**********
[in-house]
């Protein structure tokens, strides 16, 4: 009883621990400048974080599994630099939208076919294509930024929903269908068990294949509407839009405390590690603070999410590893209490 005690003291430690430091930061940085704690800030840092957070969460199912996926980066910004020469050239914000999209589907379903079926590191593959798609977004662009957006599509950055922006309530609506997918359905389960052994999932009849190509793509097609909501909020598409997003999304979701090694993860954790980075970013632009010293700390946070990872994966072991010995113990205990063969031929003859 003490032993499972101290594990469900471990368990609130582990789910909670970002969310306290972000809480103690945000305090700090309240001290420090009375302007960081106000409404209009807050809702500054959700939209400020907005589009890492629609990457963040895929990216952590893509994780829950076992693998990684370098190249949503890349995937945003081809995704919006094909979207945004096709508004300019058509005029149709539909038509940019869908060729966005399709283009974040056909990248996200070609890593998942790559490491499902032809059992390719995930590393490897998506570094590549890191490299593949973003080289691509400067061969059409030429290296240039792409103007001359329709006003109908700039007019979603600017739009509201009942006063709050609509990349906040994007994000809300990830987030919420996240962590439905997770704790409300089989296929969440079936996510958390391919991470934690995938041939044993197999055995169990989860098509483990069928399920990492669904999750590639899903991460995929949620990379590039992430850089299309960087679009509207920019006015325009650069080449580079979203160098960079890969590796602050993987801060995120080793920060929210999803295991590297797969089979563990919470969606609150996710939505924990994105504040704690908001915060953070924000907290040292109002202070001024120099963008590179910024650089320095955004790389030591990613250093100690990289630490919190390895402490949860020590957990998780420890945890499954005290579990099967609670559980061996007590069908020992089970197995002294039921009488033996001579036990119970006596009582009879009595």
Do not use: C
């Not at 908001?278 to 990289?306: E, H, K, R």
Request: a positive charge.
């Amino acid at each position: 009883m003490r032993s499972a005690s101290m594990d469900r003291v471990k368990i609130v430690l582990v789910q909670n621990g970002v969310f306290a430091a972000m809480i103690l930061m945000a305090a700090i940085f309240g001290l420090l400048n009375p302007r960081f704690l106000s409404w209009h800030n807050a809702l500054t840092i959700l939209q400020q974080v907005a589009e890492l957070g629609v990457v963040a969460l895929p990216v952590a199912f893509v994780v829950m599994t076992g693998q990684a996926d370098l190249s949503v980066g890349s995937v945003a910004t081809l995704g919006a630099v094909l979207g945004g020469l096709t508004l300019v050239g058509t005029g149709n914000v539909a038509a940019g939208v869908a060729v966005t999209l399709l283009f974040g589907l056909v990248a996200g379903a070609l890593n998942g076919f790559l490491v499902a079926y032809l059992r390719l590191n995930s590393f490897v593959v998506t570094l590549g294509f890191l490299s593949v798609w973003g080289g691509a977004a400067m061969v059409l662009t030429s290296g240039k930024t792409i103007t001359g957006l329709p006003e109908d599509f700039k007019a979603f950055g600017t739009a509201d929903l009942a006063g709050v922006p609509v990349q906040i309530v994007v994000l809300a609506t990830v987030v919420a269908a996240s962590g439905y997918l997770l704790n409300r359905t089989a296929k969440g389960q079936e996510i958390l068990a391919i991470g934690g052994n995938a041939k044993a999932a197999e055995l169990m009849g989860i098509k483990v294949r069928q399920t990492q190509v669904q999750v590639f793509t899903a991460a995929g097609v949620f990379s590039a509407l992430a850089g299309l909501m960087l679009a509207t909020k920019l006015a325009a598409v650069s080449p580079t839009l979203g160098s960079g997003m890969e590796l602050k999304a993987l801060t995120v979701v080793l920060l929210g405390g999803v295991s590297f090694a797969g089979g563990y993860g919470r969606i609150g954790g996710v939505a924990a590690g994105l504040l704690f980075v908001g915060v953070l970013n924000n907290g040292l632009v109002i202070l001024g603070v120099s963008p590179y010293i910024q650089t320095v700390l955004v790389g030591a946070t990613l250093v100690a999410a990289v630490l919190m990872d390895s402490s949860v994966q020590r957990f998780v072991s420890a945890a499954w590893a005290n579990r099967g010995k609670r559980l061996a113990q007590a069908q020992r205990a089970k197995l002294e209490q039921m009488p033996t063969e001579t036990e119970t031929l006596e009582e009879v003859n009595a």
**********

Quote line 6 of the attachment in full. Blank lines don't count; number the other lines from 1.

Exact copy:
């Amino acid at each position: 009883m003490r032993s499972a005690s101290m594990d469900r003291v471990k368990i609130v430690l582990v789910q909670n621990g970002v969310f306290a430091a972000m809480i103690l930061m945000a305090a700090i940085f309240g001290l420090l400048n009375p302007r960081f704690l106000s409404w209009h800030n807050a809702l500054t840092i959700l939209q400020q974080v907005a589009e890492l957070g629609v990457v963040a969460l895929p990216v952590a199912f893509v994780v829950m599994t076992g693998q990684a996926d370098l190249s949503v980066g890349s995937v945003a910004t081809l995704g919006a630099v094909l979207g945004g020469l096709t508004l300019v050239g058509t005029g149709n914000v539909a038509a940019g939208v869908a060729v966005t999209l399709l283009f974040g589907l056909v990248a996200g379903a070609l890593n998942g076919f790559l490491v499902a079926y032809l059992r390719l590191n995930s590393f490897v593959v998506t570094l590549g294509f890191l490299s593949v798609w973003g080289g691509a977004a400067m061969v059409l662009t030429s290296g240039k930024t792409i103007t001359g957006l329709p006003e109908d599509f700039k007019a979603f950055g600017t739009a509201d929903l009942a006063g709050v922006p609509v990349q906040i309530v994007v994000l809300a609506t990830v987030v919420a269908a996240s962590g439905y997918l997770l704790n409300r359905t089989a296929k969440g389960q079936e996510i958390l068990a391919i991470g934690g052994n995938a041939k044993a999932a197999e055995l169990m009849g989860i098509k483990v294949r069928q399920t990492q190509v669904q999750v590639f793509t899903a991460a995929g097609v949620f990379s590039a509407l992430a850089g299309l909501m960087l679009a509207t909020k920019l006015a325009a598409v650069s080449p580079t839009l979203g160098s960079g997003m890969e590796l602050k999304a993987l801060t995120v979701v080793l920060l929210g405390g999803v295991s590297f090694a797969g089979g563990y993860g919470r969606i609150g954790g996710v939505a924990a590690g994105l504040l704690f980075v908001g915060v953070l970013n924000n907290g040292l632009v109002i202070l001024g603070v120099s963008p590179y010293i910024q650089t320095v700390l955004v790389g030591a946070t990613l250093v100690a999410a990289v630490l919190m990872d390895s402490s949860v994966q020590r957990f998780v072991s420890a945890a499954w590893a005290n579990r099967g010995k609670r559980l061996a113990q007590a069908q020992r205990a089970k197995l002294e209490q039921m009488p033996t063969e001579t036990e119970t031929l006596e009582e009879v003859n009595a």